This annotated anthology of poems makes available a rich variety of Irish texts depicting the relationship between humans and the environment between the years 1580 and 1820. More than a hundred poems are printed here, together with an extensive critical introduction, notes on each text, and a full bibliography. All the poets whose work is represented were born in Ireland or are identified as Irish.As well as re-publishing the work of major poets such as Oliver Goldsmith, Laurence Whyte and William Drummond, this anthology includes many works by little known or anonymous authors. This volume also reflects current scholarship on the relationship between literature and the environment, enriching our understanding of attitudes in pre-Romantic Ireland towards changing landscapes and agricultural practices, towards human responsibility for the non-human world, and towards the relationship between nature and aesthetics. As well as adding considerably to existing knowledge of the printing and reading of poetry in Ireland during the seventeenth and eighteenth centuries, this anthology also traces the developments in sensibility in Irish poetry during this period, offering new perspectives on the advent of Romanticism in England and on the ways in which this revolutionised the relationship between nature and representation.

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Irish Soccer Migrants

a Social and Cultural History

by Conor Curran

It looks at the experiences and achievement levels of Irish-born soccer migrants to Britain and further afield from the late Victorian era until the early twenty-first century. As well as providing an analysis of the migration of Irish professional footballers in Britain in the pre-World War II years, it draws on interviews with twenty-four post-war Republic of Ireland and Northern Ireland-born footballers, each of whom have played league football in England or Scotland in the years from 1945-2010. This is the first book to utilise these migrants as a quantitative source, and to illustrate their experiences within the context of the Irish diaspora. It builds on a comprehensive range of databases to examine players’ career movements and is illustrated throughout with tables. An examination of the birthplaces of players is offered along with the reasons for their geographical diversity. As well as providing an assessment of the development of schoolboy coaching structures in Ireland and the social challenges which many young players have faced, particularly in rural areas, it discusses key childhood influences and the development of scouting networks. It assesses the recruitment process and identifies the Irish clubs which have produced the most players who have migrated and played first team league football in Britain, and in turn, it establishes the clubs in Britain which have given first team league football to the most Irish-born players. The impact of the Troubles on the migration of Northern Ireland born players is also discussed. An assessment of players’ working conditions and the culture of professional football in Britain is given, particularly in light of the cultural adaption required, while the book also examines the changing nature of the post-playing careers of these footballers. The decline of Irish-born players within top flight English league football is discussed along with a number of difficulties facing future Irish football migrants. In locating the study of Irish football migrants within the study of Irish migration to Britain, Europe and the United States of America, and in comparing the experiences of Irish born footballers with those from other nations, this book is the first of its kind.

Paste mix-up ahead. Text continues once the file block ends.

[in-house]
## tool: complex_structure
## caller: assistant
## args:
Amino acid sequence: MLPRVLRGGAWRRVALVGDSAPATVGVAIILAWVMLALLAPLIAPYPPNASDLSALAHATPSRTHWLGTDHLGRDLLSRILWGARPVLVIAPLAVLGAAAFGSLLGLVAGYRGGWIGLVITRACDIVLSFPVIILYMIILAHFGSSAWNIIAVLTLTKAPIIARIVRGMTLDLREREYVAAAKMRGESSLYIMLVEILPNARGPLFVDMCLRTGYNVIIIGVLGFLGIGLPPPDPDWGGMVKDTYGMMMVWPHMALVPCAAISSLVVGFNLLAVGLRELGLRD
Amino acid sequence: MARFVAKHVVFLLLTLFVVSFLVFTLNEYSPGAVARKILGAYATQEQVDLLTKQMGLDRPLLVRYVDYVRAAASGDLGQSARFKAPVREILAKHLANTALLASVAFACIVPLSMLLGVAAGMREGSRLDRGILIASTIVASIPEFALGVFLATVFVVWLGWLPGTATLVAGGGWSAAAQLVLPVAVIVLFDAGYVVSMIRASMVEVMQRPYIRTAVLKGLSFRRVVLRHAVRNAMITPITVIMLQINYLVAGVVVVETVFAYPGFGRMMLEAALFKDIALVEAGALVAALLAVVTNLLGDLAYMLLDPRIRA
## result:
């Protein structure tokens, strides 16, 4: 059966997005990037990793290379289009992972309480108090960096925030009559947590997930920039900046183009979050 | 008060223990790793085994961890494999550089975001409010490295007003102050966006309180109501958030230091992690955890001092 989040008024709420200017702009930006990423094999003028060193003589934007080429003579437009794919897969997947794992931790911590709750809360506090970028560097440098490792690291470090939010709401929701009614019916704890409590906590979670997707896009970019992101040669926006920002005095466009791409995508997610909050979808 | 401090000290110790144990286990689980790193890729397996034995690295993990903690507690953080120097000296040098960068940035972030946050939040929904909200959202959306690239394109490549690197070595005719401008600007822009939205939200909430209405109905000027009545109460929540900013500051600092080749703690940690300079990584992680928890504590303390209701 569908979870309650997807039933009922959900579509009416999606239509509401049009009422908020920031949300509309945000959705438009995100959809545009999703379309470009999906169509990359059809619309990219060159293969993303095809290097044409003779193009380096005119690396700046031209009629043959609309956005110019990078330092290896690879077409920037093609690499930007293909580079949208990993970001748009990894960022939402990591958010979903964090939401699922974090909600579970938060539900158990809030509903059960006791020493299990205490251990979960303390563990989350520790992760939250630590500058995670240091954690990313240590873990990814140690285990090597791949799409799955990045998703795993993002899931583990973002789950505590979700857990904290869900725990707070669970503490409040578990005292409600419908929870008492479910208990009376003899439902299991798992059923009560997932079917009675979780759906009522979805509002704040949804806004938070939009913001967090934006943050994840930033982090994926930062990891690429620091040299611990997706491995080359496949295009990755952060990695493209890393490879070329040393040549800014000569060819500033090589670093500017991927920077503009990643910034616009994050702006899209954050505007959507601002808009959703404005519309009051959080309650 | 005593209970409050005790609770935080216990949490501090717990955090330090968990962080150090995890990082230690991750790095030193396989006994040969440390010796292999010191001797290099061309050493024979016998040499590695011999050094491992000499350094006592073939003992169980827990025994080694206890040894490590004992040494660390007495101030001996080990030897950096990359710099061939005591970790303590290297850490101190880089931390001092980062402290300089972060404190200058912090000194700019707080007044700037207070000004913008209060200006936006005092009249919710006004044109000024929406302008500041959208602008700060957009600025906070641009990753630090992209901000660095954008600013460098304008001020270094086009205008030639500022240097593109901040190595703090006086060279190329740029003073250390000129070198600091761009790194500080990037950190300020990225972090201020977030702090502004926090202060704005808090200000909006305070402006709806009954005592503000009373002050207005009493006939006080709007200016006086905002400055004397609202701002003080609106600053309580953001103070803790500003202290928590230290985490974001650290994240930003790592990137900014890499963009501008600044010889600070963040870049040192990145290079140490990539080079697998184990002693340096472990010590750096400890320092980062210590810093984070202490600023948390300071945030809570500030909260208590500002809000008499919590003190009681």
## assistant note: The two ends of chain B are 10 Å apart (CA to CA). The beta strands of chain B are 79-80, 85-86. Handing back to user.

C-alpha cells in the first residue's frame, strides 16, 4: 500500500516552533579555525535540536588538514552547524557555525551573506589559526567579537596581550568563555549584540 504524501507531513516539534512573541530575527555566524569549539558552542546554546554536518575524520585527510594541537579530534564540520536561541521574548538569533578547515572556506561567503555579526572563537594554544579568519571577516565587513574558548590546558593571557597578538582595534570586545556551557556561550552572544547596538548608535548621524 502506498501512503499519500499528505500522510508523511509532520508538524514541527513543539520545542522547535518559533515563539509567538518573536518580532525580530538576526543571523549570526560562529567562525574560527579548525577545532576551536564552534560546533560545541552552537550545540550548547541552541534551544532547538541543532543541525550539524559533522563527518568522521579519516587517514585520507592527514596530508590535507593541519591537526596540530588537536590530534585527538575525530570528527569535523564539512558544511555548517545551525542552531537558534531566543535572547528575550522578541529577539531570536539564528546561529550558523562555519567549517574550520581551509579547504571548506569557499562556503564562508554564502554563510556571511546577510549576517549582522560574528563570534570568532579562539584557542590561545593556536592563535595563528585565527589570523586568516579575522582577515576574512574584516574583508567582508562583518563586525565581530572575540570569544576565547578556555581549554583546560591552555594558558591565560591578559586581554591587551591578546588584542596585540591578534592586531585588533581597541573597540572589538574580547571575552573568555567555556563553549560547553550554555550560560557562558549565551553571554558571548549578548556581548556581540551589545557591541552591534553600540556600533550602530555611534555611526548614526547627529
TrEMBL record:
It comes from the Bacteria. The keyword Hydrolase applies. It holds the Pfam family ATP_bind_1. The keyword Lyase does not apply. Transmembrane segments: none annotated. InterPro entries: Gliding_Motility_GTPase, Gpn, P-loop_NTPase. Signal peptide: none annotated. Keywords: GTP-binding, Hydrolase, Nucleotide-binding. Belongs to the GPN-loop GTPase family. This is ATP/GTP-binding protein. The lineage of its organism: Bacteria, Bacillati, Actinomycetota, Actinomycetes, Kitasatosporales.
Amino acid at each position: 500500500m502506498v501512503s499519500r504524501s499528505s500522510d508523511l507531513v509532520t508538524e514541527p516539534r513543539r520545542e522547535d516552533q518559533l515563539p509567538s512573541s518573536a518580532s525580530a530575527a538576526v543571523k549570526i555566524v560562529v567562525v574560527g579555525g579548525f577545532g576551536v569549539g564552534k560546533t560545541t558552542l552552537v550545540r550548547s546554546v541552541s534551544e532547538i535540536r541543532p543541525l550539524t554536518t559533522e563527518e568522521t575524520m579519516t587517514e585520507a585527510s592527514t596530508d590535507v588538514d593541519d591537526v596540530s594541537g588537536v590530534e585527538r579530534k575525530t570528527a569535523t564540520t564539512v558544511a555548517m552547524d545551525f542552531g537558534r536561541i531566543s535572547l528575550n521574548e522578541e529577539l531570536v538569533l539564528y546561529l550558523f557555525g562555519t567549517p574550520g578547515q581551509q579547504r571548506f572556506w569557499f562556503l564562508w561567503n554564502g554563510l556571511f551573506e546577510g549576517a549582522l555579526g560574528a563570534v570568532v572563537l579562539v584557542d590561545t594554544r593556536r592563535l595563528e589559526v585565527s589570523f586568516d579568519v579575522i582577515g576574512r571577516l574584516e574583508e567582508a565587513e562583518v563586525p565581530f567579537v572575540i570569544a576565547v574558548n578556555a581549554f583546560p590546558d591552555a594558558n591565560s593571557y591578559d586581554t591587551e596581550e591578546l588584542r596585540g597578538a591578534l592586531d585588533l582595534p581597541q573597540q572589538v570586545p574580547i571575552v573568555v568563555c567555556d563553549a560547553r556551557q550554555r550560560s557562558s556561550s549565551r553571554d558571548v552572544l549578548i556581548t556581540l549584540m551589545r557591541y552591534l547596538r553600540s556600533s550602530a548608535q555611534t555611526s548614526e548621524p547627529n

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The Irish Soccer Split

by Cormac Moore

The Irish Football Association (IFA) was founded in Belfast in 1880. It was the governing body for soccer for the whole of the island of Ireland. Soccer in Ireland was united for over forty years. It was, though, an uneasy alliance. Many in the south believed the governing body was heavily biased towards Ulster. Most internationals were played in Belfast, most players selected were from the North-East. With the country moving politically towards partition, soccer in Ireland was arguably affected more by the political environment than any other sport. As tensions rose between unionist and nationalist communities, soccer, with strong support bases in both communities, became embroiled in the conflict, playing host to many ugly sectarian incidents.Divisions in the sport reached a climax after the First World War, culminating in the split of 1921 when Leinster seceded from the IFA and formed the Football Association of Ireland (FAI).Making use of extensive primary sources from the IFA, FAI, the English FA and the Leinster Football Association as well as contemporary newspaper sources, The Irish Soccer Split details the events and causes that led to the split in soccer in Ireland. It compares soccer to other sports that remained or became united after partition. The Irish Soccer Split recounts the early years of the FAI and its attempts to gain international recognition. Many efforts were made to heal the division throughout the 1920s and the early 1930s. Efforts were renewed during the Troubles in the 1970s and 1980s to bring about an all-Ireland international team. Some came very close, all ultimately failed, leaving soccer in Ireland today, as it is politically, divided North and South.